mortgage

Bank of America offers home loan forgiveness

Bank of America says it will offer principal reductions as the first step of HAMP-style loan modifications to this 45,000-strong subset of Countrywide customers. Pay-option ARM customers will get a different offer from subprime ARM customers.

For pay-option ARM customers, Bank of America will offer to forgive some or all of the debt that was added as negative amortization. If all of the negative-amortization debt is erased, the customer still ends up owing the original mortgage amount.

Forgiving principal

If that's not enough to qualify for a modification under HAMP guidelines, then Bank of America moves to the next stop: "earned principal forgiveness."

Earned principal forgiveness may be offered on subprime ARMs as well as on pay-option ARMs. To qualify, the borrower has to owe at least 20 percent more than the house is worth. For these customers, Bank of America will "forbear principal" for five years. The bank will forbear as much as 30 percent of the loan amount, down to 100 percent of the home's current value.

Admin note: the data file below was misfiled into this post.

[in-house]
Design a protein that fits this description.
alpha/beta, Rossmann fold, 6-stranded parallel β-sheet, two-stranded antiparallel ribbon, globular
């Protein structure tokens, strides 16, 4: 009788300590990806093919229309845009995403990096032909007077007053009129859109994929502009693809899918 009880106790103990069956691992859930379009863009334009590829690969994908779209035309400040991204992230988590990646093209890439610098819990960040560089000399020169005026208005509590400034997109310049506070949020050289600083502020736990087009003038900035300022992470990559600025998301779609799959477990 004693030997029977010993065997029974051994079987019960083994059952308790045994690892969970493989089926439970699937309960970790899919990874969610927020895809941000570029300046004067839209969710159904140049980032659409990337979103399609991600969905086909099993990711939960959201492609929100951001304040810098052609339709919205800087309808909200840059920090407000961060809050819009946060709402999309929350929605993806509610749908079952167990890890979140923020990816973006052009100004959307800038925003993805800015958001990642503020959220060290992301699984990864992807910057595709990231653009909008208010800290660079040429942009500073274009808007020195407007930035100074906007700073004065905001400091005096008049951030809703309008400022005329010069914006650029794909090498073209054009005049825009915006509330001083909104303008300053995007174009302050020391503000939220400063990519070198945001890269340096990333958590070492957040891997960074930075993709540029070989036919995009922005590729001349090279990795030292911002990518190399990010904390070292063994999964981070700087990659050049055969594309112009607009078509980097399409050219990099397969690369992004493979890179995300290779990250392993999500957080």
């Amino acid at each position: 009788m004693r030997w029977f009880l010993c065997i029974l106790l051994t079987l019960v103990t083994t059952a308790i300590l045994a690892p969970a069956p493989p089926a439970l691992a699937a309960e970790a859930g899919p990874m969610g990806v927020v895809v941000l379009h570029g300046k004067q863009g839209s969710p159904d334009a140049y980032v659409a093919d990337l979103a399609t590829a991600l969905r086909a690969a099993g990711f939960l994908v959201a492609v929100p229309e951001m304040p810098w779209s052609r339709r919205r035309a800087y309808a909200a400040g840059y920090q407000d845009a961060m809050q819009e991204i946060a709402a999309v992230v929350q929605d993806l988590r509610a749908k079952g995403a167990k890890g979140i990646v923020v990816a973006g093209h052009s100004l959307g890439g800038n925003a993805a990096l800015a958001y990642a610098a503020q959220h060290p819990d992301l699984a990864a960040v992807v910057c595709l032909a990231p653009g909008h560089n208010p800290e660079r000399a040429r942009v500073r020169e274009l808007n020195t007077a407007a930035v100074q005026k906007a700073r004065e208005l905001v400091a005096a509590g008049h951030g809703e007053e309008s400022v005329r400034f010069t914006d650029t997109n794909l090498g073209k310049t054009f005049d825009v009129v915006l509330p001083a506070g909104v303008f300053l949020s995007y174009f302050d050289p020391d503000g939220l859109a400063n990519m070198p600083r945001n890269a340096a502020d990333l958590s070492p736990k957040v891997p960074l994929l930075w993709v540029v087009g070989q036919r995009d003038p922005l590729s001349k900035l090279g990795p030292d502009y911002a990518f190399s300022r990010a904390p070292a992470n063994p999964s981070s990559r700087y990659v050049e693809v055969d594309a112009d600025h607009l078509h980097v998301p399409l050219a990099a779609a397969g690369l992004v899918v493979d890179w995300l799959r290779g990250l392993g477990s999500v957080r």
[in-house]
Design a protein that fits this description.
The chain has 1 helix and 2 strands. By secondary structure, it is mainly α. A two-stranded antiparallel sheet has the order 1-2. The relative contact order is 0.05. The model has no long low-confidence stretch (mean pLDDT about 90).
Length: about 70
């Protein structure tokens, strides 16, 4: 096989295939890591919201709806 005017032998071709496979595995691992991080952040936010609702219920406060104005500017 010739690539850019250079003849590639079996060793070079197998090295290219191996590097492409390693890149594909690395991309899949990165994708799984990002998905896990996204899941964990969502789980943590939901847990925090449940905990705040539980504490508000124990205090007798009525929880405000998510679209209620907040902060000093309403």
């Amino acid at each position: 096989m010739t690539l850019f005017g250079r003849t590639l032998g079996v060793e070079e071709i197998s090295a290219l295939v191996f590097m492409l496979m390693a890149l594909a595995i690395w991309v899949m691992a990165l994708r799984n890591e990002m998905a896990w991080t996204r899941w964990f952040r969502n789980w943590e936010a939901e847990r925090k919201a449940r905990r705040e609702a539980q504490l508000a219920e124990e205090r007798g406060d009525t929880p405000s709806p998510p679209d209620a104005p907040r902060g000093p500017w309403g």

"Forbear principal" means you still owe the money, but the bank doesn't charge interest on the entire loan amount. For example, if you owe $120,000, and the bank forbears $20,000, then you pay interest on $100,000 -- but you still owe $120,000.

If Bank of America forbears part of the amount you owe, you can have some of that debt forgiven if you stay current on the loan. One-fifth of the forborn amount is forgiven each year if you make your payments on time. That happens for at least the first three years.

In the fourth and fifth years, debt won't be forgiven if the home's value has risen and you're no longer upside-down on the loan. "This helps strike a critical balance between customer and investor interests," says Jack Schakett, who heads Bank of America's loss-mitigation efforts.

The bank's message to borrowers who think they might be eligible for this program: Don't call us, we'll call you. Schakett says that every month, the bank evaluates its customers' payment histories, amount owed and estimated home value. The bank will contact borrowers who might qualify for the program, beginning in May.

Schakett estimates that the average amount of principal forgiveness or forbearance will be around $62,000 to $65,000. If 45,000 people take the offer and ride it to completion, that will total around $3 billion.

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